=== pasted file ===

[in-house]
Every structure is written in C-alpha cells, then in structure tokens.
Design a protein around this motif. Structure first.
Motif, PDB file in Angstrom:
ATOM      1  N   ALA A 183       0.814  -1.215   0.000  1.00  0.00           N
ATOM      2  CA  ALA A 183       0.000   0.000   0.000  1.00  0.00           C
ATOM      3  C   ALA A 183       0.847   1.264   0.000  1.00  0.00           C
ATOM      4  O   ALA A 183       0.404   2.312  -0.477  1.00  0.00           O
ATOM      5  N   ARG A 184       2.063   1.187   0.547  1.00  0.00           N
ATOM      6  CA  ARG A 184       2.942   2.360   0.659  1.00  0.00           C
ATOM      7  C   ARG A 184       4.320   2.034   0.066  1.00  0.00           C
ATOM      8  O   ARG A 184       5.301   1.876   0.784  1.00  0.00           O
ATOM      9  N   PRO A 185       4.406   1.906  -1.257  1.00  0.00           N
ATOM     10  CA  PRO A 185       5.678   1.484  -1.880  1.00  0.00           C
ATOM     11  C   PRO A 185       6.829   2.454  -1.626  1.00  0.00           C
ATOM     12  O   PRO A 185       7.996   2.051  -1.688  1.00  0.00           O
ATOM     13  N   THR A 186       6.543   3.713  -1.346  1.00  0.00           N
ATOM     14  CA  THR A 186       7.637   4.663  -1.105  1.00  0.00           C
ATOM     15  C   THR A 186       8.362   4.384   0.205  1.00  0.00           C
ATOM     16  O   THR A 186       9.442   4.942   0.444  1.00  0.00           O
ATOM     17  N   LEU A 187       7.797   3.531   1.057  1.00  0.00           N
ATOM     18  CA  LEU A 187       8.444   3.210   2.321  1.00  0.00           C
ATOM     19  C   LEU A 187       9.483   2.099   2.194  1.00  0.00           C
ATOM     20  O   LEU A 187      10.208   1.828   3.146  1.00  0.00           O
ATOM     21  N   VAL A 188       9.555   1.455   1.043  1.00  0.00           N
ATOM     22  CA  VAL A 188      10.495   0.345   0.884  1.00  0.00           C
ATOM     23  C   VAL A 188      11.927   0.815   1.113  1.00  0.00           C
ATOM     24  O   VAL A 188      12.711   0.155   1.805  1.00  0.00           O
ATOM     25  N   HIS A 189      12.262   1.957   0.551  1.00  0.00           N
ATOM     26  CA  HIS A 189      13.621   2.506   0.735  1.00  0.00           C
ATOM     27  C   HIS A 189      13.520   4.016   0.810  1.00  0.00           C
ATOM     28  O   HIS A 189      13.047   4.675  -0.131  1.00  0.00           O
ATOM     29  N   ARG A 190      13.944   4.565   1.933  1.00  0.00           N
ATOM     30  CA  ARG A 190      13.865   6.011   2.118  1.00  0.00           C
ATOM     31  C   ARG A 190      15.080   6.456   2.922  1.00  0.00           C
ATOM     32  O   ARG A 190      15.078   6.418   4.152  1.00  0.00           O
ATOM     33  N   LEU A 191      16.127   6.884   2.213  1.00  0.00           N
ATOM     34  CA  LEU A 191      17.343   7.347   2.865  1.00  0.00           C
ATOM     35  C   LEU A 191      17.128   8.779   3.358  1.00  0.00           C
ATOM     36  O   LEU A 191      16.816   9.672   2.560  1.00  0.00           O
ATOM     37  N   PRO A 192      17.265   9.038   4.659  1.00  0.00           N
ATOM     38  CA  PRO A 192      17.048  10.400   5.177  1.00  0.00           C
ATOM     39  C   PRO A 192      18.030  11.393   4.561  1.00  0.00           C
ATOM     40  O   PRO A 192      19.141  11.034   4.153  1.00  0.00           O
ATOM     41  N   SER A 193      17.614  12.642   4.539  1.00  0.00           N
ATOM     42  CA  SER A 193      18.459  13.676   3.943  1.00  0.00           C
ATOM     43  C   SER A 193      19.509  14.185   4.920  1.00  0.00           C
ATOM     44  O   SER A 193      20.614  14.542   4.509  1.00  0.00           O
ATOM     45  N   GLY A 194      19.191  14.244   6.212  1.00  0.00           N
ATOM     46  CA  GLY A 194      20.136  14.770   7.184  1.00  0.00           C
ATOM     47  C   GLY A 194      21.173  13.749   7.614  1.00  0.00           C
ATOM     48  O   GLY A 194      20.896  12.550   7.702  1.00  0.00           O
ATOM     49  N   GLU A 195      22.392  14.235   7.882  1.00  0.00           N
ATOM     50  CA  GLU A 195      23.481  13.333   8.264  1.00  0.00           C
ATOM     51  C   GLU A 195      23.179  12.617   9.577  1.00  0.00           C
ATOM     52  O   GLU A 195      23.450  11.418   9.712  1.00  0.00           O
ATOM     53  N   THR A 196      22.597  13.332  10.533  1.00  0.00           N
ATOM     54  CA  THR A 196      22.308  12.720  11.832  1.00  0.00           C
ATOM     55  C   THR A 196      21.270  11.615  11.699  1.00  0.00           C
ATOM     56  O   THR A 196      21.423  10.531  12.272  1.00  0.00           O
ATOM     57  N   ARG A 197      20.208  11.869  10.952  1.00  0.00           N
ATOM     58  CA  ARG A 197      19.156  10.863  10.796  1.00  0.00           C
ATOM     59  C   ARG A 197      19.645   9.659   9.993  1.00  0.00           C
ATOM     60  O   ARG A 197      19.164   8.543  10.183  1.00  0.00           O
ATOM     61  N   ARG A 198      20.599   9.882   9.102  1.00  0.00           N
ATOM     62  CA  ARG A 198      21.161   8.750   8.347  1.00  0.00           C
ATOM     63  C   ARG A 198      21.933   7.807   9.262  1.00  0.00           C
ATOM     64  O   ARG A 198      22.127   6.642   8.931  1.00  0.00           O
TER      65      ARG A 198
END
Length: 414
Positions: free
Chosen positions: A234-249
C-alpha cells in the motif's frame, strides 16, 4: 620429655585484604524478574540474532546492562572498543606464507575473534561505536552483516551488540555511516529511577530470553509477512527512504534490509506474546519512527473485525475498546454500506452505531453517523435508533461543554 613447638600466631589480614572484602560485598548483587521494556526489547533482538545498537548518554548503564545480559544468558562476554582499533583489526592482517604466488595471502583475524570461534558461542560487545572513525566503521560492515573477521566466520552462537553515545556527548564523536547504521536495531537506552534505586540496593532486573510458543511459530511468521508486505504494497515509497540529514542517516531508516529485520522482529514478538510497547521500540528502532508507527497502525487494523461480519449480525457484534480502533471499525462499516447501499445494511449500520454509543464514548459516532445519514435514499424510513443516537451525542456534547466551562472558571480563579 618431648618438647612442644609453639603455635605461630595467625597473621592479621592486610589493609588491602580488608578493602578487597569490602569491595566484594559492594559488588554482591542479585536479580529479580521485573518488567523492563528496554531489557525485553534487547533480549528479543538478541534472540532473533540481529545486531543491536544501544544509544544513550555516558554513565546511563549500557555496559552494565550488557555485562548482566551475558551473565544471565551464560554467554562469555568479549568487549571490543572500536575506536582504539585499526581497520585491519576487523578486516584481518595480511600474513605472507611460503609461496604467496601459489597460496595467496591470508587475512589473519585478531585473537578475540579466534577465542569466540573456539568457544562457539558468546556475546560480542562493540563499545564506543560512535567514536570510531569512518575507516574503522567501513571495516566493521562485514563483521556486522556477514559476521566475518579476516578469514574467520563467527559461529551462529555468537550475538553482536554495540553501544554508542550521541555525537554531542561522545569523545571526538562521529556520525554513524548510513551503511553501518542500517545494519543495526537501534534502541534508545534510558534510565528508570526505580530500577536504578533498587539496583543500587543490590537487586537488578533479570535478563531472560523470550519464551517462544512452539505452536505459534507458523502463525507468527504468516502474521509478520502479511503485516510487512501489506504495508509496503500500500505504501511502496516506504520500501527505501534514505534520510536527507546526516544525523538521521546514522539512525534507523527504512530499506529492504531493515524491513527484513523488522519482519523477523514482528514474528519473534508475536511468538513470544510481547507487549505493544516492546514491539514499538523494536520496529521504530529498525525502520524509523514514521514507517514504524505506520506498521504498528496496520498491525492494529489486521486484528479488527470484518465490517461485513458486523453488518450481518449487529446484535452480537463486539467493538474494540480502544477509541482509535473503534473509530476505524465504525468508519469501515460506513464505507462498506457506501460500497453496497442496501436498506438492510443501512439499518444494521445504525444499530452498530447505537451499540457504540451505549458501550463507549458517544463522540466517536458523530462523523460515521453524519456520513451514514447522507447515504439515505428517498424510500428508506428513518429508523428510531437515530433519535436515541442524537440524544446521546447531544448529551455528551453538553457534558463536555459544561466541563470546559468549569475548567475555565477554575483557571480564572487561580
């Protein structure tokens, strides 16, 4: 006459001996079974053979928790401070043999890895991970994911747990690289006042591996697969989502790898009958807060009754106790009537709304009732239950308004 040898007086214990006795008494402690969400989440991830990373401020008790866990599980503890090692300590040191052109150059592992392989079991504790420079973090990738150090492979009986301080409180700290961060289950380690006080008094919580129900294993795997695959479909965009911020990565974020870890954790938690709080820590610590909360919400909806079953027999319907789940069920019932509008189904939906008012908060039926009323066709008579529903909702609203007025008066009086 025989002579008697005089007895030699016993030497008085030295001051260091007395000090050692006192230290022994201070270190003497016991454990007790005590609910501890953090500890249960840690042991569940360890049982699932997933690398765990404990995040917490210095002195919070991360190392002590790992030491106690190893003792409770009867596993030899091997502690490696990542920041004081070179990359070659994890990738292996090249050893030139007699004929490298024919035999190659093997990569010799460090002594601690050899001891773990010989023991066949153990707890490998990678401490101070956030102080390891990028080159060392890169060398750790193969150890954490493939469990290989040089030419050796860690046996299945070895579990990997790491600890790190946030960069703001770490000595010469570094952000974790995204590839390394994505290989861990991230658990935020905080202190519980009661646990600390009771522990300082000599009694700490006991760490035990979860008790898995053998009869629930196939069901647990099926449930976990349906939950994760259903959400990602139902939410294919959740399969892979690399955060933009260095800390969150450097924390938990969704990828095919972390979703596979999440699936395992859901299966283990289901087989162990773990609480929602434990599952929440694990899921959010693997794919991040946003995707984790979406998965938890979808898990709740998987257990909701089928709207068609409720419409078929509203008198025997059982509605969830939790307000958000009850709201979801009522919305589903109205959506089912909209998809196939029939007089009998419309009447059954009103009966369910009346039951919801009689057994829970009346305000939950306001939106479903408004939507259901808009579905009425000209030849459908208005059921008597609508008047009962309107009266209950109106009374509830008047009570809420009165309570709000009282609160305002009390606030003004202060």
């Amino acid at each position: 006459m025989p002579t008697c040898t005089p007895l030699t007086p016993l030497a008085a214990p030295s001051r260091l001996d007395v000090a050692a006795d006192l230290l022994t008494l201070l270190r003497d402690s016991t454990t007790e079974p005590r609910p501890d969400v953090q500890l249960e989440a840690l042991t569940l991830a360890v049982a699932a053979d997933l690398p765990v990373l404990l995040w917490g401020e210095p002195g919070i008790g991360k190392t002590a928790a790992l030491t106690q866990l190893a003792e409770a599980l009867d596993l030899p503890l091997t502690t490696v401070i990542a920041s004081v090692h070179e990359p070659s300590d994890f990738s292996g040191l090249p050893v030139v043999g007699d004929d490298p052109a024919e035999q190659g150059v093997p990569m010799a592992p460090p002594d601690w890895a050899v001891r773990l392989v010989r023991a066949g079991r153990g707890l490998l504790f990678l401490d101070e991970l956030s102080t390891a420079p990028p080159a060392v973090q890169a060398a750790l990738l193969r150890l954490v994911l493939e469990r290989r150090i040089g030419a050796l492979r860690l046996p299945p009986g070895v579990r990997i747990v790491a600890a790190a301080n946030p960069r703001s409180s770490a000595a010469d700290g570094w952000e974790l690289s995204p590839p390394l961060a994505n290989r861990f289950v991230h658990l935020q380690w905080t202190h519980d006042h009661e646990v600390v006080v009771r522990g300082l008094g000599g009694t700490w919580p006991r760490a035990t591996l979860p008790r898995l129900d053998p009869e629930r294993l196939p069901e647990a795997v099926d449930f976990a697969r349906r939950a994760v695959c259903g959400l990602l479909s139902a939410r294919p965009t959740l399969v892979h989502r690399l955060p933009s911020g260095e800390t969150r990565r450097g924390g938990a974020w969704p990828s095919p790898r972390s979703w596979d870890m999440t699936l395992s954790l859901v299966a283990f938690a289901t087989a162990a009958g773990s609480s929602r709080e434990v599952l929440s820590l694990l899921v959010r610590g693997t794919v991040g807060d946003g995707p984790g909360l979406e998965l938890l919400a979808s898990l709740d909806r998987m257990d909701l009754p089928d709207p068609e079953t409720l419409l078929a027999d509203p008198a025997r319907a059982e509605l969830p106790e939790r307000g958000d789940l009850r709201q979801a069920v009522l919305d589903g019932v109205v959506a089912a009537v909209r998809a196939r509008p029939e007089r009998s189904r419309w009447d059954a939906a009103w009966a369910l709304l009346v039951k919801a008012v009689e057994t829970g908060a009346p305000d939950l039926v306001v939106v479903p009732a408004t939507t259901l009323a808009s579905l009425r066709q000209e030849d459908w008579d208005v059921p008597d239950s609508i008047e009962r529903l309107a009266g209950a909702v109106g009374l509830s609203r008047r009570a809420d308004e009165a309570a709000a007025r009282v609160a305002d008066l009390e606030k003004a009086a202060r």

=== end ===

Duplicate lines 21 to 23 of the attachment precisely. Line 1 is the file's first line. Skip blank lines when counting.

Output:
ATOM     17  N   LEU A 187       7.797   3.531   1.057  1.00  0.00           N
ATOM     18  CA  LEU A 187       8.444   3.210   2.321  1.00  0.00           C
ATOM     19  C   LEU A 187       9.483   2.099   2.194  1.00  0.00           C